High blood pressure is often undetected because many individuals don’t have any symptoms and are primarily diagnosed during a regular checkup. When symptoms do appear, it means that the condition has gotten to a point where it needs medical attention.

Left untreated, hypertension can lead to serious health problems, like a risk of heart attack, stroke, heart failure, and other cardiovascular diseases.

Risk Factors and Causes of Hypertension

Some of the main causes of high blood pressure include obesity, poor diet, stress, sedentary lifestyle, and chronic alcohol and tobacco use, all of which increase the prevalence of this condition.

Some of the risk factors include:

  • Age – Hypertension is known to be more prevalent with age, typically over 65;
  • Weight – Obese and overweight individuals are more likely to develop hypertension;
  • Family History – People with a family history of hypertension are at a higher risk;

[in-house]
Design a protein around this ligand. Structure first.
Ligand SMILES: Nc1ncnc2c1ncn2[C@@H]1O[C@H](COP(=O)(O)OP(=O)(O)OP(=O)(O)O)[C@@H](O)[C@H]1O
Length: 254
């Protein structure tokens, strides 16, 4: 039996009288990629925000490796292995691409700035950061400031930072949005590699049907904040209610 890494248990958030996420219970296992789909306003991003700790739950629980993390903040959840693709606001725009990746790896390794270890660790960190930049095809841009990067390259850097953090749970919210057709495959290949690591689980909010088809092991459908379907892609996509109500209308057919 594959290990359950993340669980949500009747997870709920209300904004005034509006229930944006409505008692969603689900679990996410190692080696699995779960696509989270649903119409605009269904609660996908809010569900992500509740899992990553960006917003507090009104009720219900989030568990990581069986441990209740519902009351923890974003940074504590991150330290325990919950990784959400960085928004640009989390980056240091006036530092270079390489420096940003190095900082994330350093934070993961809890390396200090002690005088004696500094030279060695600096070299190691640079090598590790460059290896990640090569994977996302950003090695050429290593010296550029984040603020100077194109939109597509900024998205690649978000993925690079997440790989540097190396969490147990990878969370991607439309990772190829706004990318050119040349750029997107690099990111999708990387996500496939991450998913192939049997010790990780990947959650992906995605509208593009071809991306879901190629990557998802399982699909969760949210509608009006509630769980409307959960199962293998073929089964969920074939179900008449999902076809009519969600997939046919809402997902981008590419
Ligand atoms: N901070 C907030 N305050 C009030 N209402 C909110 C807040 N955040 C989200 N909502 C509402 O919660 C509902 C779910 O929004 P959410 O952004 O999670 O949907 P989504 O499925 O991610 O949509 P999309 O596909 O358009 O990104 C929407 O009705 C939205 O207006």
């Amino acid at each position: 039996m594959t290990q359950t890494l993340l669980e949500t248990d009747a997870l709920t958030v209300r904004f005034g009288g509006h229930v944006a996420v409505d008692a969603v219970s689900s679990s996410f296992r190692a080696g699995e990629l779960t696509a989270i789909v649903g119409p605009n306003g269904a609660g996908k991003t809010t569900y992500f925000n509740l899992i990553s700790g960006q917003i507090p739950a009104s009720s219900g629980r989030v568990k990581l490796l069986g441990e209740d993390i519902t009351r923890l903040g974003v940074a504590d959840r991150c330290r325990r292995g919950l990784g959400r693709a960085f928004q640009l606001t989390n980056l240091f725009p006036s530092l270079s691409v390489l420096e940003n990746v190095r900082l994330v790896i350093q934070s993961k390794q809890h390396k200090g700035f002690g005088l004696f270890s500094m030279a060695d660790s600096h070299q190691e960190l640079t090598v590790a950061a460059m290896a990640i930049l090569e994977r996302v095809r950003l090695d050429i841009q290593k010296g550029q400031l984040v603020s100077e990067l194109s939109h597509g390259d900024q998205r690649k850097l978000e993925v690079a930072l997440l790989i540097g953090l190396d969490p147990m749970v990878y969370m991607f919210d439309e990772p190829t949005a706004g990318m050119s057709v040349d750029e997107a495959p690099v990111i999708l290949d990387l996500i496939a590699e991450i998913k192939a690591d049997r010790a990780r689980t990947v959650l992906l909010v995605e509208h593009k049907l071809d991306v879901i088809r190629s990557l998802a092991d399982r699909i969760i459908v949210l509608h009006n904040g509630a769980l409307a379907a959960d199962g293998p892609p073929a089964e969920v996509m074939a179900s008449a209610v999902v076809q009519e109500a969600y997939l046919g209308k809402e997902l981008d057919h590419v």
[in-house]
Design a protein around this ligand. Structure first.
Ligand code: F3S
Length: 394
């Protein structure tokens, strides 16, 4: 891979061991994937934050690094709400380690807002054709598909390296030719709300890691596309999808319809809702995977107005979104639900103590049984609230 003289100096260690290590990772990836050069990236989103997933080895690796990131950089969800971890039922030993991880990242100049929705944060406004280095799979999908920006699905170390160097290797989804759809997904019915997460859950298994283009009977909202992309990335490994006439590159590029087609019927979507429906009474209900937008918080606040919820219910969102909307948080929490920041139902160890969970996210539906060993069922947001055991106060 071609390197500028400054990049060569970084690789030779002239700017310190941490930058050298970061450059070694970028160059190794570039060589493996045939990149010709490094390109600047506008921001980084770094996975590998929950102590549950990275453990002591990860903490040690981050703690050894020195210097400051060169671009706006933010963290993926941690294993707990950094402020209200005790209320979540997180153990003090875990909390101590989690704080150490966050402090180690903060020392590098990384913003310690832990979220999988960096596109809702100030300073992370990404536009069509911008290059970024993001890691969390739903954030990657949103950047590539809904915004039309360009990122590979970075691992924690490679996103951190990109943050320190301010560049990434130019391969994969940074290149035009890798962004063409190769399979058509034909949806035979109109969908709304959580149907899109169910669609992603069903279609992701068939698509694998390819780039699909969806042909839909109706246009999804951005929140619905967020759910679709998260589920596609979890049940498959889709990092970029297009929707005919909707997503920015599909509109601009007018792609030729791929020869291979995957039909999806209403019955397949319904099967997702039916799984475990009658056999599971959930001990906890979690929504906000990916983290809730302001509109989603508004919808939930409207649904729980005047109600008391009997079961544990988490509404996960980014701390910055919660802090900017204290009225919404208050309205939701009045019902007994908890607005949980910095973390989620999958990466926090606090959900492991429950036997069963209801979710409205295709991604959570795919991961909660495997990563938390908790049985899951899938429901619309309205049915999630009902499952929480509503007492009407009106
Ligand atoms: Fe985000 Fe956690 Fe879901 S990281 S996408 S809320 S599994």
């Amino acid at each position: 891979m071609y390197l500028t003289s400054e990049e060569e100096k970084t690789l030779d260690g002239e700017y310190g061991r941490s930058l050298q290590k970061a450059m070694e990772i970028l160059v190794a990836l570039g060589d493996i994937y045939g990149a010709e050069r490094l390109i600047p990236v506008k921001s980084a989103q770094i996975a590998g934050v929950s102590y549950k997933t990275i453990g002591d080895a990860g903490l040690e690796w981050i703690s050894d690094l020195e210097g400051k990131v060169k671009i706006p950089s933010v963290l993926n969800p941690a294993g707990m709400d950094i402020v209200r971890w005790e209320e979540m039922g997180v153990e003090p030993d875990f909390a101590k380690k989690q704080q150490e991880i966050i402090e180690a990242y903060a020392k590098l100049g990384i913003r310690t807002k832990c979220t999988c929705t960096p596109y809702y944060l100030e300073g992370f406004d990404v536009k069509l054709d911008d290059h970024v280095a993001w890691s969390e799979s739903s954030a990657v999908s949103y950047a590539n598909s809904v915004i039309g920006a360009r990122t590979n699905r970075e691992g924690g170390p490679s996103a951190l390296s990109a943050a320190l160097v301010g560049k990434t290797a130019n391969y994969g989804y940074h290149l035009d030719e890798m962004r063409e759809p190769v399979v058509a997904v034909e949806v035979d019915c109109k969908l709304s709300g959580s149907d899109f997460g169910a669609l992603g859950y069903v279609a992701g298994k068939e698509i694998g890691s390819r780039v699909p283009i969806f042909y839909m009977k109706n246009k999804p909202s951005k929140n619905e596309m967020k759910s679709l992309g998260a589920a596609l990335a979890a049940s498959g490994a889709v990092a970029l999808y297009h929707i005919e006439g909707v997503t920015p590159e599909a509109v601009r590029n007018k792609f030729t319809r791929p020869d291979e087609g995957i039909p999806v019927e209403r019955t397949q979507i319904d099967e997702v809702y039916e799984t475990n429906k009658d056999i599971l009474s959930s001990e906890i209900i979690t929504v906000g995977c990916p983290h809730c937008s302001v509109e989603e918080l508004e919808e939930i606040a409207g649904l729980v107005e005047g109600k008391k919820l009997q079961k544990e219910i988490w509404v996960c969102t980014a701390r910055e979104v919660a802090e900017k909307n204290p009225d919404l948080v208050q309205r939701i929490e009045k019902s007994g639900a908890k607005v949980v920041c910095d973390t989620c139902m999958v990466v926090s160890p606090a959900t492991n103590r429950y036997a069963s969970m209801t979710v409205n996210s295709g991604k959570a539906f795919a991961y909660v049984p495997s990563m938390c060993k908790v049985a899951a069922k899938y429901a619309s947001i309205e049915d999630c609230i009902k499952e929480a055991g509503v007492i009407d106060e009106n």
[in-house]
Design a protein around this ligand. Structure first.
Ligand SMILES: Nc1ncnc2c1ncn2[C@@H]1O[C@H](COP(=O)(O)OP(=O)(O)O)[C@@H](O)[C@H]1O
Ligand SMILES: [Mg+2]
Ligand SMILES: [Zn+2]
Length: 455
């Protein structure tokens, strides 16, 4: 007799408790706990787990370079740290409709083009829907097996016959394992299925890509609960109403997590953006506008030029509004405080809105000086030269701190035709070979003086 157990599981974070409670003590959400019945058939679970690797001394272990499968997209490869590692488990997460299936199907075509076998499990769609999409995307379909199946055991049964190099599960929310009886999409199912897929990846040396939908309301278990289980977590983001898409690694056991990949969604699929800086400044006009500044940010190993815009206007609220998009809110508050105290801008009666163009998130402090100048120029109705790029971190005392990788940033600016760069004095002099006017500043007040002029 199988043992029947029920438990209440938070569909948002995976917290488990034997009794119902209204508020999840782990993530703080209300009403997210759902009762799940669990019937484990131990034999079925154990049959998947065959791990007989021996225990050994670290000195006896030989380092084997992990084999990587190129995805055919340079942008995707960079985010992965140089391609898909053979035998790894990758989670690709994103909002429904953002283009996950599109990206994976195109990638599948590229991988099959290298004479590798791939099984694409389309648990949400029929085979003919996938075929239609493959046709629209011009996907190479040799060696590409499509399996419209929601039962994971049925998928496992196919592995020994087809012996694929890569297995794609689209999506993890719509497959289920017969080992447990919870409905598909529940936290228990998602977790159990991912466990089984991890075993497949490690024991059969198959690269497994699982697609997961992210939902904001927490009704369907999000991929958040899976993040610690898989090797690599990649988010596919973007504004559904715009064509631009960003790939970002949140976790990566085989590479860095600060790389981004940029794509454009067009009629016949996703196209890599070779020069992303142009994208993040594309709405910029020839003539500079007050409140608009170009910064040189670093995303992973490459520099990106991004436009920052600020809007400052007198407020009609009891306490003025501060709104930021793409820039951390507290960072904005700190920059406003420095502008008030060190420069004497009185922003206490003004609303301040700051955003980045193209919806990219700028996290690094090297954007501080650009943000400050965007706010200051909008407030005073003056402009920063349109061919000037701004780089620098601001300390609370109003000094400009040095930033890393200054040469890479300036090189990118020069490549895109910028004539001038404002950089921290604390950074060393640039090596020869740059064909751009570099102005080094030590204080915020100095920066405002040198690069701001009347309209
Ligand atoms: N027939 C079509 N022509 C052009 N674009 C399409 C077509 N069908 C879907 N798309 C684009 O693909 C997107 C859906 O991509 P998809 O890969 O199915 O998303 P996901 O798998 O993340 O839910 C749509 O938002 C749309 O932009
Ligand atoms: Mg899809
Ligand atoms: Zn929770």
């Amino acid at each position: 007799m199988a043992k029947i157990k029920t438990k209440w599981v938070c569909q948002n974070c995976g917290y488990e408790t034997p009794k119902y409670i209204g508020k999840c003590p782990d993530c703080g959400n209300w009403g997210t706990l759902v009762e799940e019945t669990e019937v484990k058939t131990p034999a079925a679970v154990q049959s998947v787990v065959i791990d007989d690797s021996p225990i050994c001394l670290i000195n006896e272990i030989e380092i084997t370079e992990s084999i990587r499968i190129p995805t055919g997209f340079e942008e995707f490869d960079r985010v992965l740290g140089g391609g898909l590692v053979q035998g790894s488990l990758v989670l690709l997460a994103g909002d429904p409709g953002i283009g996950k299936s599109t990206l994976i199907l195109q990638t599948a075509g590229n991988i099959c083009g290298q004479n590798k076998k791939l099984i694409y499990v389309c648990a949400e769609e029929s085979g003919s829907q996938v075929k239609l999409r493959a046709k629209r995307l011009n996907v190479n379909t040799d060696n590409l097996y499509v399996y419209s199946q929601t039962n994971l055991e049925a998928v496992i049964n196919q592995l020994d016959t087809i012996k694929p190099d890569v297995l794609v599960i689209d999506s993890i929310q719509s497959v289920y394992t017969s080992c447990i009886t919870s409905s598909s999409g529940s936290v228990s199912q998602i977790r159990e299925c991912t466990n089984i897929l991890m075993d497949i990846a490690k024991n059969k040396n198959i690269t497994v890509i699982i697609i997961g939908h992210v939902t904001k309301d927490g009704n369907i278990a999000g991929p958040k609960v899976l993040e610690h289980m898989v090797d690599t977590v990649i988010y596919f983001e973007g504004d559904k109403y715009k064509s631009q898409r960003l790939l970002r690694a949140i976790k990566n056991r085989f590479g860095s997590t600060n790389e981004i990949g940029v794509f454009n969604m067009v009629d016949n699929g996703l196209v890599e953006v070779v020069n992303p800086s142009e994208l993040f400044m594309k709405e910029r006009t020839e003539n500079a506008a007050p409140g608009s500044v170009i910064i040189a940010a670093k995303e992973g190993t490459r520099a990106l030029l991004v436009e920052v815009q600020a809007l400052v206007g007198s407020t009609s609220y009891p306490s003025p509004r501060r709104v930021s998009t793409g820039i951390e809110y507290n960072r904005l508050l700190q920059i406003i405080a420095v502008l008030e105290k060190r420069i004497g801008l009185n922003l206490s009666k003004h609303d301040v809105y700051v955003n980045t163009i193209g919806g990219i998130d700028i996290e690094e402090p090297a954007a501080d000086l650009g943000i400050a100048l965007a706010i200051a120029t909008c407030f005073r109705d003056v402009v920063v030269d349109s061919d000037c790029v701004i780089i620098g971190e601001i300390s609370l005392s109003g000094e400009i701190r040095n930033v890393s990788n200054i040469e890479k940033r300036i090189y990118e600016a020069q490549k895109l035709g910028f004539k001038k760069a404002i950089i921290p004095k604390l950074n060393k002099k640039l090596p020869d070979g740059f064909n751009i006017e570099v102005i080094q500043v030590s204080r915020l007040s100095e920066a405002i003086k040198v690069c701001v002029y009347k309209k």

• Lifestyle – Sedentary lifestyle where individuals are physically inactive contributes to less compliant blood vessels, which causes the heart to work harder, thereby leading to a higher blood pressure;
  • Ethnicity – People of African heritage are more prone to developing hypertension at a younger age than Caucasians.

The Cardiovascular Effects of Cannabis

Marijuana is a chemically complex plant that contains hundreds of active ingredients that include cannabinoids, terpenes, and flavanols, which work together to produce the unique effects that weed is known for.

The cannabinoids in weed interact with the body’s endocannabinoid system, which is an organized network of endocannabinoids and cannabinoid receptors. The endocannabinoid system plays an active role in many bodily processes, including the cardiovascular system.

Out of all the cannabinoids, the main two, and most researched ones, are CBD (cannabidiol), the non-intoxicating cannabinoid, and THC (tetrahydrocannabinol), the cannabinoid that produces the psychoactive effects. Each cannabis strain has a different ratio not only of these two cannabinoids, but also of the others. This allows for different strains to produce their unique effects, giving cannabis users a wide variety to choose from.